It all began with the universe exploding out of nothingness in a phenomenon known as the Big Bang. 13.8 billion years later, I was walking to the post office to mail my pet giraffe to the vet. It seemed to have broken its neck as I folded it into the crate so the vet seemed a pertinent destination for it. Yes, it’s because I wrestle with these type of big type questions that they pay me the medium bucks.
As I was hammering one of the giraffe’s horns down so it would fit in the mail slot, I saw a man carrying a package and running towards me in a rapid sort of run, followed closely by several uniformed policemen. Either they were all growing at an alarming rate, or they were heading straight for me.
As they approached, I conducted a series of scientific experiments, published them in peer-reviewed journals, and gathered criticism and suggestions for further study from my fellow intellectual giants. The conclusion was inescapable: they were running right at me!
Seeing men run towards you is enough reason to circle the day on your Date-O Brand Calendar of Well-Known Days, but imagine my shock when I saw that the chas-ed man looked exactly like me! Are you imagining it? If you are, draw it on a postcard, put it through an industrial-strength combination shredder and paint mixer, and email the scraps to firstname.lastname@example.org to enter a drawing for a drawing of a drawing room with a drawbridge and a chest of drawers drawn by Long Drawn Milliner.
As I stood stunned from this revelation, the mysterious lookalike looked back at the police. Not seeing where he was going, he ran into me and our parcels fell to the ground. At this point he got a good look at me and shared my surprise. With the police closing in, we did a mirror routine. When I touched my nose, he touched his ear! When he rubbed my stomach, I fell on my sit-upon in ticklish mirth. He helped me up as the police applauded our antics. He dusted me off and we picked up our packages, shook hands, and went our separate ways, him to the back of a police car with his box and me to the post office with mine.
I was pondering the strange sudden appearance of my apparent twin (things had been rather strange lately; why, just the previous week I had found an onion ring in my french fries!) when the post office clerk said the postage would be $3.86 and it should arrive by Thursday. This seemed awfully cheap for a package containing an entire giraffe, so I took the box back and opened it. Not a single hoof sprang out. Nary a brown spot nor blue tongue was ejected from the box with a force that would make Isaac Newton blush, no! In fact, the box was completely devoid of giraffes!
Bum bum buuuuuuummmm!
Oh! Oh, yeah! We must have switched packages. Ha! I thought perhaps he was a wizard. Oh, what a day. Hey! Is it Friday yet? Ha! So yeah.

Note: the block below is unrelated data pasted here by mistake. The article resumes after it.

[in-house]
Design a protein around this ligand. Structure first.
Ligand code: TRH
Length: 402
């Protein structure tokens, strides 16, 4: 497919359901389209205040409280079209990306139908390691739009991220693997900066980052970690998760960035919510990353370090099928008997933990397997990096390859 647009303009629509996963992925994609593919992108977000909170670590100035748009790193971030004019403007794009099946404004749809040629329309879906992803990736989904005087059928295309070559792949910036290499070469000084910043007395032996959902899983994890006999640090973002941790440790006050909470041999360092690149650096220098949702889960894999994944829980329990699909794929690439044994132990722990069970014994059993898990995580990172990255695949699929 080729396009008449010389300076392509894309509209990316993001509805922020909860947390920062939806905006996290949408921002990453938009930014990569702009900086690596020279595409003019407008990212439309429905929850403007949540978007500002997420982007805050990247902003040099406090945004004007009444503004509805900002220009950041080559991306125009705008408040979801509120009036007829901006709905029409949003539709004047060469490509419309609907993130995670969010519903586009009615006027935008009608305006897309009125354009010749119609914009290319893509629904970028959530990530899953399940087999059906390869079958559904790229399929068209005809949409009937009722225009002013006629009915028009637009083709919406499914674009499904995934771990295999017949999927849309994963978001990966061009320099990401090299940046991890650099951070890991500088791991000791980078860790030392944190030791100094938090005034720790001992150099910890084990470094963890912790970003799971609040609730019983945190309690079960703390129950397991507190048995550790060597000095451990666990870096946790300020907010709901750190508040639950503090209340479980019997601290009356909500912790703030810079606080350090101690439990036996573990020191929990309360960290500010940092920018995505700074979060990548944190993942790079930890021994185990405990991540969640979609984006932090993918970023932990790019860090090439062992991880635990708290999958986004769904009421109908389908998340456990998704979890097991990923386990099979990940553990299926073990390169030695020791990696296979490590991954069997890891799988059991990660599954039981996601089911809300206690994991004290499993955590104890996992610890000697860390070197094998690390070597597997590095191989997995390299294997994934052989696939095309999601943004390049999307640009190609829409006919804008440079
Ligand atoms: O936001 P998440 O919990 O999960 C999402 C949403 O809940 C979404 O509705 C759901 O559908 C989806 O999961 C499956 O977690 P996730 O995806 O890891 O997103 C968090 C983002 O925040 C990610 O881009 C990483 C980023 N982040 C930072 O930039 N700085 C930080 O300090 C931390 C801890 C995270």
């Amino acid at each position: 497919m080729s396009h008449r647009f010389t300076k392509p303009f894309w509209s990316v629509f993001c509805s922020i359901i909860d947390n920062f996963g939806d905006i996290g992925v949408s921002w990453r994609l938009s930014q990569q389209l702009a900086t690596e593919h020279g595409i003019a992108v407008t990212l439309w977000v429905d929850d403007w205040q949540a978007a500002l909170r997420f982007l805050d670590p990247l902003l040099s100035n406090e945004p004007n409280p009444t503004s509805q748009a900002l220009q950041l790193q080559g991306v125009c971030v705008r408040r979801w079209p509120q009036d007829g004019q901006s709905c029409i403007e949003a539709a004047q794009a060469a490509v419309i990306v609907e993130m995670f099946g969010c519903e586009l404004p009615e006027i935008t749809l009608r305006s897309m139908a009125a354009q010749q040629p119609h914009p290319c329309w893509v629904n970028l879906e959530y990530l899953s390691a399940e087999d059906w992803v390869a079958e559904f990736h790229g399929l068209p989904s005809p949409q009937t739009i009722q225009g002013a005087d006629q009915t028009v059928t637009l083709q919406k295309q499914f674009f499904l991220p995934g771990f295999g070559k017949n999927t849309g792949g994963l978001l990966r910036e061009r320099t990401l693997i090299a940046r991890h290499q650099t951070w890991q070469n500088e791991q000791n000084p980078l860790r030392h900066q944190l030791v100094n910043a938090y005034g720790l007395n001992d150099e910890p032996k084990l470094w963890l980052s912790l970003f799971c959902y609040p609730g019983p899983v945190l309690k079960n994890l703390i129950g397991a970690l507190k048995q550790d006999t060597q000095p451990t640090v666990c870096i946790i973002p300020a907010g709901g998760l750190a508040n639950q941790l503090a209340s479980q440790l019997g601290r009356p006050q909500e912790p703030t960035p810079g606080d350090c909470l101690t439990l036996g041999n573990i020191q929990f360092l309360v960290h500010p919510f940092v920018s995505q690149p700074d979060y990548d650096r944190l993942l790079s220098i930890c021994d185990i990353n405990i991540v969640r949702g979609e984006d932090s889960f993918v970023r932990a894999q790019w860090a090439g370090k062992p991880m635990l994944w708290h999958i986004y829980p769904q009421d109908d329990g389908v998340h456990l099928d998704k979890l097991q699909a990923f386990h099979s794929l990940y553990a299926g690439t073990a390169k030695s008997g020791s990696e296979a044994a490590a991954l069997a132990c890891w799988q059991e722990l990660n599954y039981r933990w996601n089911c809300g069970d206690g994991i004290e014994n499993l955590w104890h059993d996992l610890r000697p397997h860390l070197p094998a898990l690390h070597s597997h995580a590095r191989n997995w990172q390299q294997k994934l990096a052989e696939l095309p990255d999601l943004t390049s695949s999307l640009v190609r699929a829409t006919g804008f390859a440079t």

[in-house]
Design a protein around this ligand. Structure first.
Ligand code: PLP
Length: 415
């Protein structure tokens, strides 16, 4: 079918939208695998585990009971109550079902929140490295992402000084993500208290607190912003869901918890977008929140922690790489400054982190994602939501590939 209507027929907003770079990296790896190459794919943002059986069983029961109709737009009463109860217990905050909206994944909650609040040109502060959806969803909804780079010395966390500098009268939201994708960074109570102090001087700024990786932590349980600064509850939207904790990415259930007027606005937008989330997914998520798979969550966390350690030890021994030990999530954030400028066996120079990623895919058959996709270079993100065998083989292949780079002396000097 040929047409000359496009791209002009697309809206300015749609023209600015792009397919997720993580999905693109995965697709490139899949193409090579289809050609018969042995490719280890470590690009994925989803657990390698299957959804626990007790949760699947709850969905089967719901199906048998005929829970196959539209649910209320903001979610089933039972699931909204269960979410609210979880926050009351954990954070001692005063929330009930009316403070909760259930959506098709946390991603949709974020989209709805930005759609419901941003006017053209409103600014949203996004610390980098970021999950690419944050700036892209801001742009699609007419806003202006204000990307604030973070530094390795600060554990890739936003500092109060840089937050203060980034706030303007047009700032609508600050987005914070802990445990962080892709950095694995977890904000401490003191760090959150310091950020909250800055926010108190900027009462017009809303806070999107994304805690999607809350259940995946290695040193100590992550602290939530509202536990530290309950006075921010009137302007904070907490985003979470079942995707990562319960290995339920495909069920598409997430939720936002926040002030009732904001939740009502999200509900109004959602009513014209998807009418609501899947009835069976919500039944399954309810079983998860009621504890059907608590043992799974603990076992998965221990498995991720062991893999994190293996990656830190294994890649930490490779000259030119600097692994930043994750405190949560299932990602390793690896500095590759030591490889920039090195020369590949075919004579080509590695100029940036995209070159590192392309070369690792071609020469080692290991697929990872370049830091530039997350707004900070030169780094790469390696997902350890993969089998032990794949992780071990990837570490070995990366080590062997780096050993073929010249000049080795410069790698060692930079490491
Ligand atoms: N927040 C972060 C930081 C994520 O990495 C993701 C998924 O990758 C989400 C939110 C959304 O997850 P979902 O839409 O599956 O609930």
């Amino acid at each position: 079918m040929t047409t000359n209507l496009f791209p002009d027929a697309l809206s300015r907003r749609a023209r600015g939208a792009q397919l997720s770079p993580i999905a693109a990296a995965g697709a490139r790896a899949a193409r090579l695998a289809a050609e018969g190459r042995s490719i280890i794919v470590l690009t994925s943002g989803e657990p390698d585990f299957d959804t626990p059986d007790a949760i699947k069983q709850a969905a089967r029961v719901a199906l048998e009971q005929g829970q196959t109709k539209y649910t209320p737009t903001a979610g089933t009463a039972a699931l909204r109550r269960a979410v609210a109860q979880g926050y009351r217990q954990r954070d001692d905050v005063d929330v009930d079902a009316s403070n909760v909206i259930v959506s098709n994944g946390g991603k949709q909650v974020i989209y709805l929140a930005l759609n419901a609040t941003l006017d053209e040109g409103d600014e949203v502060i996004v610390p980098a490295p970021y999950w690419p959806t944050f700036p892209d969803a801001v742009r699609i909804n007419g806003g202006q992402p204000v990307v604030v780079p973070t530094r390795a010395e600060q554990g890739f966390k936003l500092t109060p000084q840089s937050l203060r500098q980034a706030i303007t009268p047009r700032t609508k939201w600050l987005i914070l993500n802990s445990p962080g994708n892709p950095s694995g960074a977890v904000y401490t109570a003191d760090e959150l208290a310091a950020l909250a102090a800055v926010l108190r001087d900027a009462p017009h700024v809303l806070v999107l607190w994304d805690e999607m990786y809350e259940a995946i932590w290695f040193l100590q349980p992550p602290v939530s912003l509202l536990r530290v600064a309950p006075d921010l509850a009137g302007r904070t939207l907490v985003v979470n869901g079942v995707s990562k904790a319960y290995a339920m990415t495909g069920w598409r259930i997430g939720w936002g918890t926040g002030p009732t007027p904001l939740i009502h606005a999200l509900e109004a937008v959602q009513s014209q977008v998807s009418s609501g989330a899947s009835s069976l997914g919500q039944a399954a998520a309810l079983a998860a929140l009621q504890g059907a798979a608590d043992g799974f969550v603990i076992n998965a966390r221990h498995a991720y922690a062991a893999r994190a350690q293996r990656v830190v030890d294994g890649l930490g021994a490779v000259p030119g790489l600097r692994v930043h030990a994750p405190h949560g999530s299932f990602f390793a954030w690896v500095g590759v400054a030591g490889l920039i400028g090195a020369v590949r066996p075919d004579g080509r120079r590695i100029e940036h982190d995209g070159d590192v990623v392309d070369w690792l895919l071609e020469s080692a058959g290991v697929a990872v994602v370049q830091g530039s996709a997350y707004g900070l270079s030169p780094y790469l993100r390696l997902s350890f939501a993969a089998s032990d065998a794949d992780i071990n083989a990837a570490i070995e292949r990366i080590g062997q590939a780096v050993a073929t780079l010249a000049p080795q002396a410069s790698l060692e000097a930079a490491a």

Bum bum buuuuuuummmm!
I hied immediately to the local library, looked up “police” in the Encyclopedia Podcastia, and learned all sorts of fascinating facts, such as where the police take you when you’re arrested. I rehied in a jailward direction and confidently strolled up to the sergeant’s desk to explain that they’d arrested my apparent twin and our packages had gotten switched and could I please have my 13oz box of Giraffe-Os in exchange for the mysterious parcel my seeming doppelgänger had left?
I’d gotten as far as “Hello, I” when they tased me, shot me, jumped up and down on me, threw me off the roof, set me on fire, and force-fed me glass shards laced with uranium-235. The sergeant then swept the pieces of me into a dustpan, dumped them in a solitary trash can, and said, “Can I help you, sir?”
I reconstituted my molecules — I minored in it at Seventh Diminished College — and explained the situation to him. You already know that part, so I’ll skip ahead. The sergeant wasn’t convinced. He said I had escaped earlier that morning disguised as a crumpled up copy of the Big City Tribune Gazette Times Post News Sun Journal and that I must have changed clothes and come back to the jail.
“That’s absurd!” I protested. “If I were the prisoner, why would I return to jail?”
“Because it’s karaoke night and you didn’t want to miss Officer Krampus’ electrifying rendition of ‘O Canada’!” he said.
With that, he slammed the door shut and walked away, cunningly avoiding the pit I’d surreptitiously dug, filled with pointy sticks, and covered with palm leaves as he led me in.
I was trapped! Framed! Imprisoned! All past participles that accurately described my loathsome situation. As I bemoaned my befate, I found myself knocked unconscious by a sudden blow on the head. When I awoke I discovered someone had thrown an anchor with a note tied to it through the window. I read the note.
Oh, did you want to know what it said? I’m sorry. Ahem!
It said, “I have your giraffe. I shall break you out at midnight and we can trade. Have no fear!”
“But that’s illegal,” I said.
“Just shut up and be ready,” the note replied.
Midnight came. It left a cup of chamomile tea to help me get some sleep. How thoughtful! I took a sip and immediately felt something wriggling around in my mouth. I spit it out and zounds! Egad! Gadzooks! It was my double!
“Thank goodness you’re here,” I said. “Now we can escape and get to the bottom of this identical twin mystery.”
“You stay away from my mysterious identical twin bottom!” he said.
We disguised ourselves as a breeze and blew out the window. From there it was a quick 40-foot plummet to the ground and then a mere three miles of hobbling on broken legs to the nearest Civil War doctor’s tent. We were given ether, had our legs sawn off, and died of infection.
The next morning, a guard found one of the jail cells empty except for a couple of packages. He opened one, unfolded the giraffe he found inside it, and stared at it for some time, quite puzzled. He opened the other one, found the jewels the missing prisoner had stolen, and took his lunch break. He was never seen again. The end.
The Actual End